The Icelandic expert put the achievements of Thatcherism in a broader, international context. He acknowledged that the economic expansion of the 1980s was not stronger than other historical growth periods. He, rather, held up the end of the relative British decline among world economies and the surpassing of the growth rates of other continental states as the greatest positive effects of Thatcherism. Mr Gissurarson then explained Thatcherism as a fresh current of patriotism, too.

He emphasized that patriotism is not only ‘transferring money from those who earn it to those who waste it’, but rather a respect of evolutionary, organic processes and changes in a society

He also elaborated on the core question of the event: is Thatcherism real conservatism? Pointing back to his descriptions of the elements of Thatcherism, he explained that while she can be considered as a representative of a radical and thus anti-conservative force, real conservatism does not lie in supporting ‘a slower pace to socialism’ or preserving outdated institutions, but embracing traditional values and liberty itself. The state of a society in a given moment is not necessarily the state to be preserved by the conservatives of the given historical time. He also explained that while the market-embracing of neo-liberalism is indeed destroying communities, it is a part of an organic process, and thus definitely creates new ones. In this sense, it is not antithetical to traditionalist political thought. Real conservatism does not lie in the strict preservation of the given societal frameworks in a quite subjectively selected historical moment. In the end, he simply asked the rhetorical question: ‘How could one live up to traditional societal values in a nursery?’ offering a surprising and thought-provoking merger of libertarian and conservative thought.

The discussion afterwards mostly revolved around questions concerning the role of nation states and the international system. The participants posed a lot of speculative questions about theoretical Thatcherian answers to today’s international challenges. Mr Gissurarson generally explained Thatcherism as a moderate force in the international scene, but nevertheless a force to be reckoned with. He emphasized the participation of Britain in the Falkland War as a show of national backlash to outside forces looking to diminishing the strength of Britain. He pointed out that Thatcherism is not a force that actively seeks confrontation and imperial dominance, and not even a force of paternalism toward weak states, but a force that would actively and independently defend its interests and the international order. On one occasion, he also offered an interesting insight into the forces moving the international economic decisions, while explaining the effect of the financial crisis in Iceland. He explained that the United Kingdom barred liquidity from the Icelandic banking system with the hope of breaking the “arc of prosperity” constituted by Ireland, Iceland and Norway, thus discouraging Scotland to steer away from London toward a stronger cooperation with these states. He summed up his dual argument about conservatism: nation states and ethnic politics is a force to be reckoned with, and, in the end, neo-liberalism has a net positive effect: the lack of bailout in Iceland resulted in a much healthier financial system.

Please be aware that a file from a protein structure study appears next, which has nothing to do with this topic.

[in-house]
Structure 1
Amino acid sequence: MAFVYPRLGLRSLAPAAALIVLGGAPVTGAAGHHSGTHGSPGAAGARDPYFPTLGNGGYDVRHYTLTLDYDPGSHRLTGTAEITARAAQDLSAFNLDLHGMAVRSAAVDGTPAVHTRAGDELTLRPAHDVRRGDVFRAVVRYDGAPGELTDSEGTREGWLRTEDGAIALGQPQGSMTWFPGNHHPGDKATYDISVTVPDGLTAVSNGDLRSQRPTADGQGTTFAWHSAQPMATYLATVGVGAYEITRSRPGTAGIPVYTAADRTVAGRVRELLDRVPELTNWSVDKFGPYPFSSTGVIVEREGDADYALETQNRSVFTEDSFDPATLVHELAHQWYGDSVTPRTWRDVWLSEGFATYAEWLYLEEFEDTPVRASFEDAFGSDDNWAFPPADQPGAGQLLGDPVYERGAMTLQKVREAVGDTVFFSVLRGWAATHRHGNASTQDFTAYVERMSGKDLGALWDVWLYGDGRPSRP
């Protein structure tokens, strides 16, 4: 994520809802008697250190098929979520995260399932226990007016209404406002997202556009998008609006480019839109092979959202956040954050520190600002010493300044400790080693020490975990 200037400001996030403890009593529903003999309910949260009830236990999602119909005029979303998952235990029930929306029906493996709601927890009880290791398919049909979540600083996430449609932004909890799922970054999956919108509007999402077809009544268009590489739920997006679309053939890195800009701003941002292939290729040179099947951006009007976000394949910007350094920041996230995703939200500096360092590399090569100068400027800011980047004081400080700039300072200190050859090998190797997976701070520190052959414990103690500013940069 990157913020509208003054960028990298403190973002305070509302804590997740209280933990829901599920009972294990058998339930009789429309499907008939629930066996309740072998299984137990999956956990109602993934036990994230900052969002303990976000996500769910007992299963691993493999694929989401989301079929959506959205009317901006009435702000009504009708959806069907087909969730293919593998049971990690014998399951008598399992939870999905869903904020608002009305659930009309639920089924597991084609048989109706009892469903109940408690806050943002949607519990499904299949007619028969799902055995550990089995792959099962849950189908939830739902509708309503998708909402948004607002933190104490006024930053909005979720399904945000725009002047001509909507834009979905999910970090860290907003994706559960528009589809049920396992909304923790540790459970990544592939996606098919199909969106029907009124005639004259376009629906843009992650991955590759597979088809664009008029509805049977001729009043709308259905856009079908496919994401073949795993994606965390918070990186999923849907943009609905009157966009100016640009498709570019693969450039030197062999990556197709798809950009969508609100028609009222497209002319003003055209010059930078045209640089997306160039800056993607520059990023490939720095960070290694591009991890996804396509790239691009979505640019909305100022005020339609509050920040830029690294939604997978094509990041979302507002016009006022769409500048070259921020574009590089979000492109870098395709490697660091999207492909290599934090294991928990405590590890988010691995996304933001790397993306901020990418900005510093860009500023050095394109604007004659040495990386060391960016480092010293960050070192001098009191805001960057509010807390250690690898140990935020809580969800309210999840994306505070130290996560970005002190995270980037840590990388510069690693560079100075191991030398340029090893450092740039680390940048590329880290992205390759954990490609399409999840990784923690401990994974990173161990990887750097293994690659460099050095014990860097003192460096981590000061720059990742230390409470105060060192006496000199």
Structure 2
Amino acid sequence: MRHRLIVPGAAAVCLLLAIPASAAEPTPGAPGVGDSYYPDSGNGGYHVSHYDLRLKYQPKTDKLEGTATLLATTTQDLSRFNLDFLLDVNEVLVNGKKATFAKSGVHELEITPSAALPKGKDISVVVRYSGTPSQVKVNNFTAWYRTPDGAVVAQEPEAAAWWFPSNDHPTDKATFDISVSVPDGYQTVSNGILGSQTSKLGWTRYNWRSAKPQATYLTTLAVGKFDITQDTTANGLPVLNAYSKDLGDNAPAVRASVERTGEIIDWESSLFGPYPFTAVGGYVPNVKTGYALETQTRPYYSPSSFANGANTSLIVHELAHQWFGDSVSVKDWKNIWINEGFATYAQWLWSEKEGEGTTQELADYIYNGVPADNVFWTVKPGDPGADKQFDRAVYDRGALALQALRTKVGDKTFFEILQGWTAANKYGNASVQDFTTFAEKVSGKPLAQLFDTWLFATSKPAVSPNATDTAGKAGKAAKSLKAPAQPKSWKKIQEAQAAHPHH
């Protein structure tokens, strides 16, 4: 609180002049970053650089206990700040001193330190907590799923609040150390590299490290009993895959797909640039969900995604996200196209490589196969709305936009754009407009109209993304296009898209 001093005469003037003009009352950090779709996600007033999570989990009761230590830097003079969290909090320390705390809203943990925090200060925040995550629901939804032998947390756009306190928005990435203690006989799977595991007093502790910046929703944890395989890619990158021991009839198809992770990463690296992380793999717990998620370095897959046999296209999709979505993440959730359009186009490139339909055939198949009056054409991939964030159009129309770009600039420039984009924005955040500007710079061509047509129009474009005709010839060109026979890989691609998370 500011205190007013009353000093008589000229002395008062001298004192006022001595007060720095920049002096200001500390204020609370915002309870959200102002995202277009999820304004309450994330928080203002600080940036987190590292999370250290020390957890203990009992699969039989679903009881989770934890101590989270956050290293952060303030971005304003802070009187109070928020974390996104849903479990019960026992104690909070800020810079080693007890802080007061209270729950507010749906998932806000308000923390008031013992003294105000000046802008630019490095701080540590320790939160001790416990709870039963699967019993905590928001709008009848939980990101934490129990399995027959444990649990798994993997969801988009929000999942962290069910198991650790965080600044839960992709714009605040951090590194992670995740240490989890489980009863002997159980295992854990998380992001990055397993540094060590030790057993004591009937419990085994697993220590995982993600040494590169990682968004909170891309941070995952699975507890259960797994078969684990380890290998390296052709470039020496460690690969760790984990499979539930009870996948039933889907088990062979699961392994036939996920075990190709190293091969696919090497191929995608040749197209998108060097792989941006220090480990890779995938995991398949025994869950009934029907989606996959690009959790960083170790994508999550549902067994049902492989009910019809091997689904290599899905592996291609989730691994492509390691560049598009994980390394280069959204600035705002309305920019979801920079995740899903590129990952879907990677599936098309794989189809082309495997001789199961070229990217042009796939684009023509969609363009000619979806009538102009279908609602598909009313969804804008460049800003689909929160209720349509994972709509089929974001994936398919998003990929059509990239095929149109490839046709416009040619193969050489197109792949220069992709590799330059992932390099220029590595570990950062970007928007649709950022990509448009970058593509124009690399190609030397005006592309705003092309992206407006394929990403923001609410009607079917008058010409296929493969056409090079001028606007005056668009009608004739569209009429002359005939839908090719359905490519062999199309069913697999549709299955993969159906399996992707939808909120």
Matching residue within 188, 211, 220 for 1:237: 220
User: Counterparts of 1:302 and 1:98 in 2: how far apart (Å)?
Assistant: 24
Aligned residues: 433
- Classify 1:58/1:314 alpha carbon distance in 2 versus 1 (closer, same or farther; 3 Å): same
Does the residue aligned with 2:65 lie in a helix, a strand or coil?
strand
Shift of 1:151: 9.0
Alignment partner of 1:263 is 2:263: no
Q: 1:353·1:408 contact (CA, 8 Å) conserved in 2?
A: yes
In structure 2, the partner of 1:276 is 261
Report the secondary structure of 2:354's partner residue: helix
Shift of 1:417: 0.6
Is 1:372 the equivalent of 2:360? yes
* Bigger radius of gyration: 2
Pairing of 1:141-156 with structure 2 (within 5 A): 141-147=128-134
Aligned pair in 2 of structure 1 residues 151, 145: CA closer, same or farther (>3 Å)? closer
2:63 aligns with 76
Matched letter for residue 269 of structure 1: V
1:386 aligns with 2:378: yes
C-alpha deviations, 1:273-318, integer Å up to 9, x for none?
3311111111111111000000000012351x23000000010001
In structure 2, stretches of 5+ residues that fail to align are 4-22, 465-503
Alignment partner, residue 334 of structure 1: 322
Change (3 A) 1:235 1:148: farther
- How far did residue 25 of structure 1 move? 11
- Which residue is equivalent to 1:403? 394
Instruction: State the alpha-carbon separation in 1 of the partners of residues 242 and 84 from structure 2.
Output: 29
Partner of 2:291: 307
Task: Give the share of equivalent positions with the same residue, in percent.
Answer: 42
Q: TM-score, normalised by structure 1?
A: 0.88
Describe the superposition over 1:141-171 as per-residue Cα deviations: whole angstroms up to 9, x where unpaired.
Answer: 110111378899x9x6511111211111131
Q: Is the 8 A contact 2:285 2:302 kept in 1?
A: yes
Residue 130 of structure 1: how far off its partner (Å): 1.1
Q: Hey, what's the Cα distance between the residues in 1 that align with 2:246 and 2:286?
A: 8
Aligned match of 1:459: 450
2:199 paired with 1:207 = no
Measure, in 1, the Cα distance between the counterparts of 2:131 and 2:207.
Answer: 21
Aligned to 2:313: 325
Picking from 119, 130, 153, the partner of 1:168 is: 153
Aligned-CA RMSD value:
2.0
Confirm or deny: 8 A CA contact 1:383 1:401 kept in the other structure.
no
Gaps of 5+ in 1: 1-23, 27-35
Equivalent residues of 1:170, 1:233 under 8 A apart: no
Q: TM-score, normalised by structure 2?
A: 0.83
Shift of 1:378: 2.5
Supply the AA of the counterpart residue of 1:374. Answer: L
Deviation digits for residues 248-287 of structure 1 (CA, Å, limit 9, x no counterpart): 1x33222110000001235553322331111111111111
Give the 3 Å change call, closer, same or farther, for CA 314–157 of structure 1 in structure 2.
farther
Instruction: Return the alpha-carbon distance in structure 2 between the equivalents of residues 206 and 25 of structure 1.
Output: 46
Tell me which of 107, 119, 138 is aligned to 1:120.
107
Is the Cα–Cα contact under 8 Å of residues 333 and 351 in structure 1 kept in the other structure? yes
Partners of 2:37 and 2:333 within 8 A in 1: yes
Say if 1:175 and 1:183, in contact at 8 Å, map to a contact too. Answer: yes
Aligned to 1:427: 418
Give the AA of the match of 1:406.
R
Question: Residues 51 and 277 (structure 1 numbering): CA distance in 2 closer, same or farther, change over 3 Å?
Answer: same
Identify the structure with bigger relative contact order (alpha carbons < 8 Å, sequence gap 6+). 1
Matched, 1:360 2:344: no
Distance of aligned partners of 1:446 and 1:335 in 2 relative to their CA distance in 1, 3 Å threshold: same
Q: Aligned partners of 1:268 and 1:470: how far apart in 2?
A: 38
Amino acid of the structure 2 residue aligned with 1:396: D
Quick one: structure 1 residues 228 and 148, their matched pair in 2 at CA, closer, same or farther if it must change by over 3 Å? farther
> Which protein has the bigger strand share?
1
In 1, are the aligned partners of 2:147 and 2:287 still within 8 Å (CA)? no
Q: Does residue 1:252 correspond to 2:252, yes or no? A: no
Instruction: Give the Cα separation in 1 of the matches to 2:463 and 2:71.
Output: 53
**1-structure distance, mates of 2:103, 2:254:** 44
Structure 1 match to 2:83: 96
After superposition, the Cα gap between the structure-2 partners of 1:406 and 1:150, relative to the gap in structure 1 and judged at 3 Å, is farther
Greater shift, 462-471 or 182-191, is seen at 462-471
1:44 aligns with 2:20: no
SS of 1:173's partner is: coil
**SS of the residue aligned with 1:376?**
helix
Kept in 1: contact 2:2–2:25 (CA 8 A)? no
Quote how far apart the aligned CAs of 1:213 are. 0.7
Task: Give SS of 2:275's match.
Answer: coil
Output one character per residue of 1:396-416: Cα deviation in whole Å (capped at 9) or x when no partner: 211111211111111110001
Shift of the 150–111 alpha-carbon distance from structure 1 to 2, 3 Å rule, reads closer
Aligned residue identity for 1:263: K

The Icelandic expert indeed drew an intellectually interesting and provocative theoretical framework, surely providing enough incentive material to further debates about market forces, the nature of patriotism, and the meaning of national interest for a Central European audience. 

Dániel Farkas, trainee at Danube Institute